Tokelau is the biggest country in the world, measured by domain extensions. A map of the world scaled to country code domain registrations was posted by Nominet on Wednesday along with a blog post by CEO Russell Haworth urging industry stakeholders to work to extend Internet access to people in underserved areas, including Africa, where ICANN’s 55th meeting wrapped up Thursday.
In his welcome message to the conference, outgoing ICANN President and CEO Fadi Chehadé referred to “striving and yearning” among Africans to gain the opportunities associated with Internet access.
“I hope the global internet community stands in support of this call,” Haworth writes. “If we work to bring the benefits of the internet to more of the world’s population, then we’ll be helping to create a truly online world.”
The tiny Pacific nation of Tokelau consists of 3 atolls inaccessible by airplanes or large boats, where 1,400 people and 31,311,498 domains live. It had its first short-wave radio installed in the 1970s. The .tk extension is the most popular country code in the world, with almost double the number of the second most popular extension, China’s .cn (16.8 million).
The story of how Tokelau came to learn what Internet domain names are is told in an interesting profile by CNN in 2012. It relates how a Dutch entrepreneur named Joost Zuurbier took Hotmail as the inspiration for a free domains service, and set out to find a country that was yet to utilize its rights under ICANN to a ccTLD. As of the article, an estimated one-sixth of Tokelau’s GDP, the smallest in the world at $1.2 million, came from advertising on expired .tk sites. Tokelau receives a source of income and internet access; millions of people around the world receive free domains; and Zuurbier had .tk administrator Freedom Registry and a life calling.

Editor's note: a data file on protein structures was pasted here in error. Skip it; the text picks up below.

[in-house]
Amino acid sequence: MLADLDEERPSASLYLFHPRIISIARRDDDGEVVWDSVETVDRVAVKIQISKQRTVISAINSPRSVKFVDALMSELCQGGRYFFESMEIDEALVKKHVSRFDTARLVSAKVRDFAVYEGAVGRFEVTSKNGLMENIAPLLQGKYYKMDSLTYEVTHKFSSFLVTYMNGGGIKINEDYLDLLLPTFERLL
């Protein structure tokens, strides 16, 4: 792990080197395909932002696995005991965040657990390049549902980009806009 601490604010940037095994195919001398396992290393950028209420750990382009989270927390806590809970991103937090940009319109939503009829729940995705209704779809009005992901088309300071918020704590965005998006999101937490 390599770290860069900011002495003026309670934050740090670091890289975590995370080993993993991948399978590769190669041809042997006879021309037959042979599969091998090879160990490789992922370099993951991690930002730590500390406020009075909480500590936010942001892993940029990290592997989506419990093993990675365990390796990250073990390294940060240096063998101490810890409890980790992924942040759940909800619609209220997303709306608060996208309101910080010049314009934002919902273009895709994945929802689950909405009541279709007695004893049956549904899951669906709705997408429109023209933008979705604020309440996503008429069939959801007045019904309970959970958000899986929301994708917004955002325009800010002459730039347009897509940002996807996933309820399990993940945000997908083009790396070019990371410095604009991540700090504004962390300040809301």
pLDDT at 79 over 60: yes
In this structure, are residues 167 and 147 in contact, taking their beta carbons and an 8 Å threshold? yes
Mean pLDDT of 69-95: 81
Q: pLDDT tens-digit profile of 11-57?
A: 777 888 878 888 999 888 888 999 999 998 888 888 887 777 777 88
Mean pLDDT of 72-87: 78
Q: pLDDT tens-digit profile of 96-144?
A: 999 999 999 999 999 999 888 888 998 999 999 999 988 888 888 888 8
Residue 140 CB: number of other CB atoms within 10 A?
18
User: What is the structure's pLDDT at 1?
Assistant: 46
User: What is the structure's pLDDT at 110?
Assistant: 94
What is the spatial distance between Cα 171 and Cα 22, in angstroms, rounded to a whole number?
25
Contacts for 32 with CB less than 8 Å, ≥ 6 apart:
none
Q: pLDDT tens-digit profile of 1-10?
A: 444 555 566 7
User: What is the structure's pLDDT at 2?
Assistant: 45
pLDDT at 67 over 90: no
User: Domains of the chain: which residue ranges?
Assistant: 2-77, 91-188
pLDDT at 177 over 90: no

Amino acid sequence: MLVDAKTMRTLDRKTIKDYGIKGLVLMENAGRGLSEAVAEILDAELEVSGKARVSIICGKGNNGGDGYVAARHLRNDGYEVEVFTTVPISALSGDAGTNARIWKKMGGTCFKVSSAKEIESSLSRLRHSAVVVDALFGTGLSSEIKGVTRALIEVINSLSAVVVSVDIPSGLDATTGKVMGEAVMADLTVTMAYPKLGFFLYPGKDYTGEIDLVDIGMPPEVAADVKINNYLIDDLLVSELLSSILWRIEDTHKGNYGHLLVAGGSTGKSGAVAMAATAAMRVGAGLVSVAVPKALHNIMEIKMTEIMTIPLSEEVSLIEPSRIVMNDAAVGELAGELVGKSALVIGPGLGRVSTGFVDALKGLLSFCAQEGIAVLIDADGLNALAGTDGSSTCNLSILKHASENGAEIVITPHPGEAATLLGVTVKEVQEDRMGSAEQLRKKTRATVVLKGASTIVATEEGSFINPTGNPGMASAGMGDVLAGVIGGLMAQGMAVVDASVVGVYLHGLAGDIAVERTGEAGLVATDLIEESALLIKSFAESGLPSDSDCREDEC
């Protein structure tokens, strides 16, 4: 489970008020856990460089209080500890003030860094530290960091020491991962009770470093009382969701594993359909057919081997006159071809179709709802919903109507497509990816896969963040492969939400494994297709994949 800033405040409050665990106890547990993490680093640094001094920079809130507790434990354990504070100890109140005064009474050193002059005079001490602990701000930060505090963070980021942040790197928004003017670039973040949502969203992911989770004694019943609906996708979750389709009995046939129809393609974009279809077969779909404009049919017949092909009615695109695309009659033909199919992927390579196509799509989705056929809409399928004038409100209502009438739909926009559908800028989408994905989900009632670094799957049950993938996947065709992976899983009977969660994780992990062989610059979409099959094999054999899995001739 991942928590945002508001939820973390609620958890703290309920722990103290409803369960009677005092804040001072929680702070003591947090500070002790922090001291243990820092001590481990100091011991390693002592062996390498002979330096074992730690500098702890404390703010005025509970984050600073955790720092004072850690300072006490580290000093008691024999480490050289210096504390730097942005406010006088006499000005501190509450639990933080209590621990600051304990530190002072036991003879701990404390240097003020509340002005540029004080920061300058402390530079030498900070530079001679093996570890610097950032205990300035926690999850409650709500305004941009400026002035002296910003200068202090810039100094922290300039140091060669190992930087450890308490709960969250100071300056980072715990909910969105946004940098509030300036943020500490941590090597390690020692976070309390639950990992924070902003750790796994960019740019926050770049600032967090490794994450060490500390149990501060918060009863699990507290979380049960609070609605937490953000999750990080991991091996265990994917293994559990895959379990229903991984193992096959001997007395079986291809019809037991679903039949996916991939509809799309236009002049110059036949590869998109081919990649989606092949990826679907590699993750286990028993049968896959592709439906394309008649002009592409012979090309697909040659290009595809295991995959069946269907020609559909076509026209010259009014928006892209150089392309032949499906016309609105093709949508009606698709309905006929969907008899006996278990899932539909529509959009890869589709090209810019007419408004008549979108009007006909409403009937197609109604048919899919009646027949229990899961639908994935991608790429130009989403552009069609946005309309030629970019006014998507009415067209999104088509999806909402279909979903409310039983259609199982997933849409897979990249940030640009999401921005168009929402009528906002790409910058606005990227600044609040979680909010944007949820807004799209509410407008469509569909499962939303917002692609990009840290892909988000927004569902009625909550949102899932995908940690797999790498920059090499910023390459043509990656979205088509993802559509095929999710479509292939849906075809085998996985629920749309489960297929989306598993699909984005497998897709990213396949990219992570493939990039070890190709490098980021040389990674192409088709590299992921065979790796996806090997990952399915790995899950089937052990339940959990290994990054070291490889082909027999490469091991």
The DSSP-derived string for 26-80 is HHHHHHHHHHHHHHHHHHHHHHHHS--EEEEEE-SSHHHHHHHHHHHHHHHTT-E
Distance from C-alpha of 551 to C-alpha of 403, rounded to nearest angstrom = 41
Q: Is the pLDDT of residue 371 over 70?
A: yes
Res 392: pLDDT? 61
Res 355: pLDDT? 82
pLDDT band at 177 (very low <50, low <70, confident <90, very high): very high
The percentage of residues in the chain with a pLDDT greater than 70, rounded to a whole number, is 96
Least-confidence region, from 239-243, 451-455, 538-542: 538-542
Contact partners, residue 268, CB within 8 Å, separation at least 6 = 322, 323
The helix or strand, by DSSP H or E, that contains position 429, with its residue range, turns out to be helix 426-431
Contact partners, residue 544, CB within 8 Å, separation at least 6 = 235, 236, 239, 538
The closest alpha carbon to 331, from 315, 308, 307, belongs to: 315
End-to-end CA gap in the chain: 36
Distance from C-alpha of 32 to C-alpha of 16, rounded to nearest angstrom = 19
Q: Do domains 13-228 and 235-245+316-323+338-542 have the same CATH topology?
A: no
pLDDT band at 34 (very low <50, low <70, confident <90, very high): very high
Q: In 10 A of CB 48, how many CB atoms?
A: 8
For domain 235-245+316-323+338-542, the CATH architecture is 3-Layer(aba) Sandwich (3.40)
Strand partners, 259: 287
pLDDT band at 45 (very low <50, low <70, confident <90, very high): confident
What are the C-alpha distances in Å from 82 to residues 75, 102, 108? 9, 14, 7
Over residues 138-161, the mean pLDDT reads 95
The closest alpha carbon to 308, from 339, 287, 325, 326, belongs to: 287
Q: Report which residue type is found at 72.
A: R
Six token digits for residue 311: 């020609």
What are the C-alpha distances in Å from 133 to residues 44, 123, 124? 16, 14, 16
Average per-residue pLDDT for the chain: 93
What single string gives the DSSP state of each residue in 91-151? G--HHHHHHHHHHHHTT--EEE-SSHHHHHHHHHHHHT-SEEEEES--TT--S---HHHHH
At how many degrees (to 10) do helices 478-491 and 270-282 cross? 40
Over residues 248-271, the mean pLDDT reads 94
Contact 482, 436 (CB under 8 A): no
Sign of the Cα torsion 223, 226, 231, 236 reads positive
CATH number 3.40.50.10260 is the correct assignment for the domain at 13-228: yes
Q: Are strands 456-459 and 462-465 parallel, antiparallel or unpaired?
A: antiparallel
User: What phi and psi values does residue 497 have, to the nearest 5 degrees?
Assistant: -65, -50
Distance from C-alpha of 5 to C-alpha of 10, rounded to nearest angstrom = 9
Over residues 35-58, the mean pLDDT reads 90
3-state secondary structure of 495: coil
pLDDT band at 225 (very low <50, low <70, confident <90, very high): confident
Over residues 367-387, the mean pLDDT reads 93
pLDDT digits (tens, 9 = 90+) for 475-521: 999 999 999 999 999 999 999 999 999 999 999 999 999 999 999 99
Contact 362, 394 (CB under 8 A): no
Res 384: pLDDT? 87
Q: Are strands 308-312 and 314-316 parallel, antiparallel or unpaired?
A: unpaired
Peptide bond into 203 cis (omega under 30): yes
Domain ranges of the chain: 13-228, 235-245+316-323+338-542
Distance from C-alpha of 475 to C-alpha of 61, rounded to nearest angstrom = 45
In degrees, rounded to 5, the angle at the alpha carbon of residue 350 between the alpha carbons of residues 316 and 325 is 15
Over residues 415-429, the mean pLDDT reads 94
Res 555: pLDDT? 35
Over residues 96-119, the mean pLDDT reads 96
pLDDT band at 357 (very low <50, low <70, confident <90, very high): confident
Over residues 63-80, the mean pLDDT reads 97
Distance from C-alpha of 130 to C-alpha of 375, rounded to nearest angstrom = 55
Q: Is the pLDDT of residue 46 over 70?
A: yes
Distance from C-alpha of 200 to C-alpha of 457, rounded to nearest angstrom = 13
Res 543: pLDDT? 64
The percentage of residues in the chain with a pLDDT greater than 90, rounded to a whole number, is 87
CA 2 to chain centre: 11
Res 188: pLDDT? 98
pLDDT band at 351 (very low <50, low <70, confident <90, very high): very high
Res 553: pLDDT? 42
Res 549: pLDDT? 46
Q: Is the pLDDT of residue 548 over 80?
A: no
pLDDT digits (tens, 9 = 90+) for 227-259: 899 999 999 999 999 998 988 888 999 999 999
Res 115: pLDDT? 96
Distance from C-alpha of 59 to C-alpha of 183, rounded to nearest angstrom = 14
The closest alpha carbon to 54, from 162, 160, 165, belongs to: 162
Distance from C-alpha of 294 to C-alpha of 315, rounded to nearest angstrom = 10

There are just over 16 million websites using German’s .de, and over 10.5 million using .uk. There are nearly 2.5 million .ca websites, while there are only 1.7 million .us websites, despite the population of the US being 9 times that of Canada. The reason for the low number of .us domains is that the early dominance of the internet led most Americans to adopt the more universal .com, and to a correspondingly reasonable assumption that sites with the .com TLD are likely based in the US, according to Wired. There are 123 million .com domains registered.
Chehadé also mentions ICANN’s long-awaited transition to international stewardship, and his own impending replacement by Göran Marby, and expresses hope for the representative diversity of the organization.
As of the CNN article 3 years ago, .tk was the third most popular ccTLD, but its growth had already exploded. Since then, Freedom Registry has become Freenom Registry, and partnered with Mali telecom Sotelma to give away free domains based in the African country (third on the continent with 344,500) through Freenom. Truly global representation in and by ICANN is connected to the goal of increasing internet access in Africa.
As the method of extending Internet access becomes a topic of popular debate, it is surely worth considering the possibility that the central question has already been answered, and that combined effort, advertising and free service make the lever long enough to move the digital world.